Curiosity

TV review by
Kari Croop, Common Sense Media
Curiosity TV Poster Image
Provocative, mature queries can yield engrossing answers.

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Kids say

age 10+
Based on 1 review

A lot or a little?

The parents' guide to what's in this TV show.

Positive Messages

As the title suggests, the series encourages curiosity and proposes provocative questions that require real thought to answer. It also stirs up a general interest in science and scientific inquiry.

Positive Role Models & Representations

The celebrities whose questions prompt each episode remain largely neutral in terms of role modeling, serving as narrators and, occasionally, participants in the search for answers.

Violence
Sex

Although the series is generally devoid of sexual content, one episode asks, "Why is sex fun?" and explores the scientific role of the male and female orgasm.

Language
Consumerism
Drinking, Drugs & Smoking

One episode explores the addictive nature of narcotics and how they work.

What parents need to know

Parents need to know that the focus of this largely educational series changes from week to week, so some topics may be more appropriate for kids than others. One episode, for example, deals with sexual pleasure and the biology of male and female orgasms. Another deals with the addictive qualities of narcotic drugs. And another ponders the existence of God.

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What's the story?

Actors, scientists, and other well-known personalities stoke their collective sense of CURIOSITY by asking provocative questions and wading through the facts to find out the answers, from "Could we survive an alien invasion?" to "Why is sex fun?" Celebrity participants include astrophysicist Stephen Hawking, actor Morgan Freeman, and filmmaker Morgan Spurlock.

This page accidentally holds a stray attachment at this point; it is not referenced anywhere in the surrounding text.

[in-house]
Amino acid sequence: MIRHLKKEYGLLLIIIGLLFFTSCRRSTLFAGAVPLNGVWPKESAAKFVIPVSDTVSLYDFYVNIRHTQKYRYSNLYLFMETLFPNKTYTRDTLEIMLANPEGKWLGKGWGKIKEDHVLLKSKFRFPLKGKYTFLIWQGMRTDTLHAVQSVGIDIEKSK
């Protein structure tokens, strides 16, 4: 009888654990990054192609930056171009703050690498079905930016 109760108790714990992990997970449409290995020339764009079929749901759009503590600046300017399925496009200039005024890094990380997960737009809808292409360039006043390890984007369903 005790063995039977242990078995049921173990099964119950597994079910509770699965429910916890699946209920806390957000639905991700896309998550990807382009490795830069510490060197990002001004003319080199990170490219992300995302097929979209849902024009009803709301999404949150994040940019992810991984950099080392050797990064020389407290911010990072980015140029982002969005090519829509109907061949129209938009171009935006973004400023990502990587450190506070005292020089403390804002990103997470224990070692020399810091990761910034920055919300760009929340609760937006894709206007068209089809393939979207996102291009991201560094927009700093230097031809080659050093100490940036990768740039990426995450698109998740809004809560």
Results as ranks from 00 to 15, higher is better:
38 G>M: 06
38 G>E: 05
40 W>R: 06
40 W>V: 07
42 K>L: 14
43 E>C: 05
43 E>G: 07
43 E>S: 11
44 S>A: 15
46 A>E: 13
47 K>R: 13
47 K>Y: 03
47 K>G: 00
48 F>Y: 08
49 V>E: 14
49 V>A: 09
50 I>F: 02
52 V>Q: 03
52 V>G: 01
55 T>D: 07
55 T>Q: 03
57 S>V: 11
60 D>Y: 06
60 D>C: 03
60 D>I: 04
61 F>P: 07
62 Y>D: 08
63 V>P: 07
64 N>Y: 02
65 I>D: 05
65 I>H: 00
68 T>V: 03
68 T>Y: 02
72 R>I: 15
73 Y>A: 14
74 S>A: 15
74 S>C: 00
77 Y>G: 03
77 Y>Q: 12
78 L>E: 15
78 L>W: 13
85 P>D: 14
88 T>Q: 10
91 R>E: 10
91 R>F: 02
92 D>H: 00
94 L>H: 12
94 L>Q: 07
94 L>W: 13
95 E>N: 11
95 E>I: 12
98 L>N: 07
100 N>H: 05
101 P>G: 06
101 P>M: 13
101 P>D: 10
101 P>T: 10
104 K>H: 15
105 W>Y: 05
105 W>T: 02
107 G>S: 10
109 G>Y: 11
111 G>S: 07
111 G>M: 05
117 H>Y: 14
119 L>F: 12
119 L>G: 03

Is it any good?

The curious thing about Curiosity is that some episodes just don't hold your attention, thanks in large part to rambling tangents that don't really seem pertinent to the question at hand -- at least, at first. In Stephen Hawking's heady search for an answer to the question, "Was there a creator?" for example, we're taken to observe a solar eclipse with the Vikings and, later on, explore the finer points of planetary movement with Galileo. And somewhere in between, you're left wondering what this all has to do with the subject of creation.

Hawking ties it all up eventually, of course. But by that time, your curiosity has waned.

Talk to your kids about ...

  • Families can talk about how television can be used not only to entertain, but also to educate and encourage discussion. Do you prefer TV that educates, entertains, or does a little of both? What are some of your favorite educational shows?

  • Why do you think the series chose to include questions from celebrities? Does the fact that a celebrity is asking a question make you care any more about the answer?

  • What kinds of things are you curious about? Are there any questions you can come up with that haven't been definitively answered? How would you go about exploring the answer?

TV details

For kids who love learning

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